Monday, January 29, 2018

Innovation on the Farm – Will the Research and Development Credit Apply?


The Economic Recovery Tax Act of 1981 introduced the “Credit for Increasing Research Activities.”  The credit is better known as the research and development credit, or simply the “R&D” credit.  It’s a general business credit that, for a business with under $50 million in average annual gross receipts, offsets both regular tax and alternative minimum tax. For certain defined smaller businesses, it can offset the employer portion of Social Security taxes up to $250,000 (with some limitations).  The purpose of the credit as enacted is still the same today – to incentivize research and experimentation by providing a tax credit for activities that develop a new component of a taxpayer’s business or improve an existing component’s performance, functionality, reliability or quality.  I.R.C. §41(d)(3)(A). 

While the credit is available to a wide array of businesses, including farming businesses, what is the scope of its application?  Does it apply to a farmer that utilizes cover crops or installs a bioreactor?  What about a farmer that uses nitrification inhibitors?  If the farmer receives a cost-share amount from the government, does that impact the ability to claim the R&D credit?

Today’s post takes a look at the R&D credit and its potential application to farming and ranching operations.

Mechanics of The Credit

As noted above, the R&D credit applies to activities (including research and software development) that develop a new business component or improve an existing component’s performance, functionality, reliability or quality.  Treas. Reg. §1.41-4(a).  What is a business component?  It’s “any product, process, computer software, technique, formula, or invention which is to be held for sale, lease, or license,” or which is used by the taxpayer in the taxpayer’s trade or business.  An activity qualifies for the credit by means of a four-part test:  (1) the activity must develop or improve the functionality, quality, etc., of a business component; (2) the activity must rely on technological principles; (3) substantially all of the activity must employ a process of experimentation that is designed to evaluate one or more alternatives; and (4) the process of experimentation must be designed to eliminate uncertainty (regarding the company’s capability, methodology, or appropriateness of design of a business component).  I.R.C. §41(d).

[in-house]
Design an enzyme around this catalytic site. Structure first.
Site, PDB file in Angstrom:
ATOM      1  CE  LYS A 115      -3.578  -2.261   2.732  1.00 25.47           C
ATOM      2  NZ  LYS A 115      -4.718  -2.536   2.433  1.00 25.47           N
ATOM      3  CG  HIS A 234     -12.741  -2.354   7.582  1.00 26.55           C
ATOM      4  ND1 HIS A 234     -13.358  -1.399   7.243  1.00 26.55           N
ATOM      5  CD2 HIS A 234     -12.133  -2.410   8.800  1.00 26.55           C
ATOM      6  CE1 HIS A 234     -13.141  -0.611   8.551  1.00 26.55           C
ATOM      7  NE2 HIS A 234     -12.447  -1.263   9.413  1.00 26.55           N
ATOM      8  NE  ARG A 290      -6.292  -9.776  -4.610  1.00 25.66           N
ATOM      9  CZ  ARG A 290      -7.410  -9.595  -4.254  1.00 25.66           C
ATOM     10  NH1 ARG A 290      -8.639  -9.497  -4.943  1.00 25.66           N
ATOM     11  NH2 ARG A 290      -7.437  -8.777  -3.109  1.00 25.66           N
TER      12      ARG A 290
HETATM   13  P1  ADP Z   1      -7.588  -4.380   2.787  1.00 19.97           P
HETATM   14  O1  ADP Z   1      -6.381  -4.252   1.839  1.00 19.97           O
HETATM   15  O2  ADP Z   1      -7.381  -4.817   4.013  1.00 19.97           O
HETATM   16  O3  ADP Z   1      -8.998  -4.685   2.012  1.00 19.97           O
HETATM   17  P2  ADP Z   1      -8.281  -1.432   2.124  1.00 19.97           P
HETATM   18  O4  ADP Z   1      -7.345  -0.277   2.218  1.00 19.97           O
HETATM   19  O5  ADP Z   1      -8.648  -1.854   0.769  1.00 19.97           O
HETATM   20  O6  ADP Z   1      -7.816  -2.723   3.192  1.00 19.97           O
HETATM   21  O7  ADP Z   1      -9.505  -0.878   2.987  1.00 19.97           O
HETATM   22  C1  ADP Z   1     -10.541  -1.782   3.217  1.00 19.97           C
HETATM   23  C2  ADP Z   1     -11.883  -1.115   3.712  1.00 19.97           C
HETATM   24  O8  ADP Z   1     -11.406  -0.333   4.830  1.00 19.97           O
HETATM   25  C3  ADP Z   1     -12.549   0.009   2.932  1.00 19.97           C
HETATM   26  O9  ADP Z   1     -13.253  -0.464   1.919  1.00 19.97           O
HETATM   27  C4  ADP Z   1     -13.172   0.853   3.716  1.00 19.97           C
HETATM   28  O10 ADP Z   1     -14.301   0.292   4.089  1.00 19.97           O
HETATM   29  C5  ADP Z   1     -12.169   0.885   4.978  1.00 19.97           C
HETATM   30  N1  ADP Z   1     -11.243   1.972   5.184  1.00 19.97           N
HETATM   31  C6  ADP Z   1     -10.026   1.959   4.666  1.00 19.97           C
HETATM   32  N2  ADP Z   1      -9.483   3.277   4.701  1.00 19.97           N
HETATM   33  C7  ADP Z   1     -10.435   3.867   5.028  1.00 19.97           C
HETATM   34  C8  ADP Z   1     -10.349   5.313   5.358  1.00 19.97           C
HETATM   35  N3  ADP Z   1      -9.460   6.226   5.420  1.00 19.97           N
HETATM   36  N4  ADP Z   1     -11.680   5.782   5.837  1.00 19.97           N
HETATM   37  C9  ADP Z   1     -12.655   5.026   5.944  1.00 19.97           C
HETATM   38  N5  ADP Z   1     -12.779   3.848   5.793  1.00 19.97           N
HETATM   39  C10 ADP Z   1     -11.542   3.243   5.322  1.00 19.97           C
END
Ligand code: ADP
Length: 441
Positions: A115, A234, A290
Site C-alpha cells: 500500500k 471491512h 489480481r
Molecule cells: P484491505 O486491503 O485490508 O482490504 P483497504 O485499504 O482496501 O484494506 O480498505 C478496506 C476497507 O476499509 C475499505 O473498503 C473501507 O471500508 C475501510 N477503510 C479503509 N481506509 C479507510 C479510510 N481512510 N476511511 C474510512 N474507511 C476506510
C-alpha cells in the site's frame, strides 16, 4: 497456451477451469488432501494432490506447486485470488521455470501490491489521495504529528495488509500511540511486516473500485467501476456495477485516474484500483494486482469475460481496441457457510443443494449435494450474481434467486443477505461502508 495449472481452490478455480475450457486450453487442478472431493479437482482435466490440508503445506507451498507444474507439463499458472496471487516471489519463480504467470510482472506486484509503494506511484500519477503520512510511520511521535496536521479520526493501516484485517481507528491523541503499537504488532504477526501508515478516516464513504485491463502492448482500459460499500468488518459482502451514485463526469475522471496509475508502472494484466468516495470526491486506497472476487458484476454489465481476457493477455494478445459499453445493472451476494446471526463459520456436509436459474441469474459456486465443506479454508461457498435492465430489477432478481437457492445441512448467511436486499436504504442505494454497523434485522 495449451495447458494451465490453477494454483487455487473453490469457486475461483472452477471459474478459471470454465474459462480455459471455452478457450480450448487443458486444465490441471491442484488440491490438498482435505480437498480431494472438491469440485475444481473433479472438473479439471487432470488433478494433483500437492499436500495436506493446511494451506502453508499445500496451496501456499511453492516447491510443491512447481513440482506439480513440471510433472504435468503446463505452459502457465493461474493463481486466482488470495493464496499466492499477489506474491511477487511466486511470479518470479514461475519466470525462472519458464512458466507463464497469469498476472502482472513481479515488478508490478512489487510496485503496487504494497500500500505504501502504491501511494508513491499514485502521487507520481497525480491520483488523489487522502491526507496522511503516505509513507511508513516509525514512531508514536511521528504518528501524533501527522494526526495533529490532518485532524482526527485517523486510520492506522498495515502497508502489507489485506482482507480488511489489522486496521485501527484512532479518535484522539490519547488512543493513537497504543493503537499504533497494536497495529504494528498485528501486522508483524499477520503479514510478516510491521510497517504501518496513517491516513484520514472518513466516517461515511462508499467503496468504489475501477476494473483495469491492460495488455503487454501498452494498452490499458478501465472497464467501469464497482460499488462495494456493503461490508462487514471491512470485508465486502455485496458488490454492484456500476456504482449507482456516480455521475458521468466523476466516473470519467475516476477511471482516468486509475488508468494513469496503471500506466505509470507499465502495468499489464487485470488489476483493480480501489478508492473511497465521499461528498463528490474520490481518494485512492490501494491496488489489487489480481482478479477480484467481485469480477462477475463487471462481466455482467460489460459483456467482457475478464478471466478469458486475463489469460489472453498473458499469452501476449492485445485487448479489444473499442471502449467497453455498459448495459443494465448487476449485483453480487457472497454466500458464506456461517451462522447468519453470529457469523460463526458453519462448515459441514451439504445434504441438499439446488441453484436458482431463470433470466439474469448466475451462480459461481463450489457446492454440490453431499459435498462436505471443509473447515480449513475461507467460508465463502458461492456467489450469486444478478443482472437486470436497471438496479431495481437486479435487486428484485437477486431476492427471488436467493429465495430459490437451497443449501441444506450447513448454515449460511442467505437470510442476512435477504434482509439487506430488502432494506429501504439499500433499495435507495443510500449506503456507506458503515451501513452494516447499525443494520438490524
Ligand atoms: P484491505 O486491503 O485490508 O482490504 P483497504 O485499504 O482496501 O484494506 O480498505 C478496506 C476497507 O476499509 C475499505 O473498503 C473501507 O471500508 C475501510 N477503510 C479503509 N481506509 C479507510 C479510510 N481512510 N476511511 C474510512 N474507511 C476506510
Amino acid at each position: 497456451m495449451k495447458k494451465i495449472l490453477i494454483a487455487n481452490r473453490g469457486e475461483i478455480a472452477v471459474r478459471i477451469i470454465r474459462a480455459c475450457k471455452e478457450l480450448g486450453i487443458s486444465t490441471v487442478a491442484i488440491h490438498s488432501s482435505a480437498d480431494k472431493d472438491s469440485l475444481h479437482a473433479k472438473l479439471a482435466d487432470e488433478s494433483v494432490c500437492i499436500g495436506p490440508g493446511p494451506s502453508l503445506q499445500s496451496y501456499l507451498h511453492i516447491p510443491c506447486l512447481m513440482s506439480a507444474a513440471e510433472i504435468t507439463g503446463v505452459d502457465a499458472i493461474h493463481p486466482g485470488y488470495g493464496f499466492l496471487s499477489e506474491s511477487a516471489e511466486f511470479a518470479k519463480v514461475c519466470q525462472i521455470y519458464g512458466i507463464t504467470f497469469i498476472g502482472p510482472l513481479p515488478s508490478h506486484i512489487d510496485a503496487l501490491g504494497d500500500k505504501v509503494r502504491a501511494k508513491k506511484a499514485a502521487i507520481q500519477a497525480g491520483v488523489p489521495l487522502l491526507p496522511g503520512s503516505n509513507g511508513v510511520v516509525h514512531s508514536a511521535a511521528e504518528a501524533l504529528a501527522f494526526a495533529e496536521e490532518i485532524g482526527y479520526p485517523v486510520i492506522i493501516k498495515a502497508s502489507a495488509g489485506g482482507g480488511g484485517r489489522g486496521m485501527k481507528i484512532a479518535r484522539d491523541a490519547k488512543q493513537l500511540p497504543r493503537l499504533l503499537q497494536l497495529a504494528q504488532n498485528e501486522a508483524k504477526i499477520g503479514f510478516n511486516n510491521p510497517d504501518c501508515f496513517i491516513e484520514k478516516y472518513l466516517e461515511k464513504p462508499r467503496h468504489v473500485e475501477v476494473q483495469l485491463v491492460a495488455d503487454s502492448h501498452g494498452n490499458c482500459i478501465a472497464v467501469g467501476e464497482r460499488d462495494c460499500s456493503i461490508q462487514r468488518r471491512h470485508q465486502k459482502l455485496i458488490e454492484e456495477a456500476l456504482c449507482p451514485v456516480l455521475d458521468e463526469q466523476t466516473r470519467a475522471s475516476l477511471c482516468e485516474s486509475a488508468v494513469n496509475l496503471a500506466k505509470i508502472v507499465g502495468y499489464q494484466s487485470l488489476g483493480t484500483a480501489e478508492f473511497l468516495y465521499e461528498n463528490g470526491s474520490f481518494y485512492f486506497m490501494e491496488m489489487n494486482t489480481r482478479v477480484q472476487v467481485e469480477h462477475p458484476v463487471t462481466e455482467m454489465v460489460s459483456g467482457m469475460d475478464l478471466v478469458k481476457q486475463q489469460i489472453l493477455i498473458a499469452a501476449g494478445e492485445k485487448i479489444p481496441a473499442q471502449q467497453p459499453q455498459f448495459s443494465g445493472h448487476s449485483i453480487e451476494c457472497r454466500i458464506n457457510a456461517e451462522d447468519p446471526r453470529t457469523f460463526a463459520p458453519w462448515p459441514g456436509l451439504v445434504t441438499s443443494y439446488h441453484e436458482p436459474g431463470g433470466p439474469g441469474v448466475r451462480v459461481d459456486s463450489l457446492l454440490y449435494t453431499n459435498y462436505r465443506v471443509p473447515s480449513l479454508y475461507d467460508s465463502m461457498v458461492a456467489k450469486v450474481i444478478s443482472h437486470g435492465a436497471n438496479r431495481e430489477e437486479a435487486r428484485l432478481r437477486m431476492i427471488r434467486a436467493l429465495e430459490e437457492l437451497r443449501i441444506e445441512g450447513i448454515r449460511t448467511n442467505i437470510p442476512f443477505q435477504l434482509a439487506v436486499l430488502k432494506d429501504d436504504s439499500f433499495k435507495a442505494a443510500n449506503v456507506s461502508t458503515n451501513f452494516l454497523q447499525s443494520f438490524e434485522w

Expenses that are incurred with respect to a qualified activity are used to compute the R&D credit and are termed “qualified research expenditures” (QREs).  QREs can result for in-house activity as well as expenses incurred via contract.  For in-house activity, QRE includes W-2 wages paid to employees that are either directly involved in an activity (including research) that develops a new business component, or supervise it or support it, as well as the cost of supplies and payments for qualified services (e.g., consultants and engineers).  I.R.C. §41(b); see also Suder v. Comr., T.C. Memo. 2014-201. 

Note: Under certain federal farm programs, especially those programs designed to provide environmental benefits, the USDA shares in part of the expense associated with complying with the program.  While the expense associated with establishing a conservation/environmental structure/program on the farm might otherwise qualify as a QRE, the portion that the government subsidizes (via I.R.C. §126) would not be a QRE because the taxpayer did not incur the cost.  In addition, as noted below, qualified expenses would be limited to a test plot rather than applying to expenditures incurred for the entire farm. 

Once the qualified activities and QREs are determined, the credit is six percent of eligible expenses for each of the first three years that qualified research activities are conducted. I.R.C. §41(c)(5)(B)(ii).  After that, the alternative simplified method that sets the R&D credit at 14 percent of the excess of QREs for the tax year over 50 percent of the average QREs for the three preceding tax years multiplied by 65 percent (factoring in a reduction via I.R.C. §280C).   I.R.C. §§41(c)(5); I.R.C. §41(h).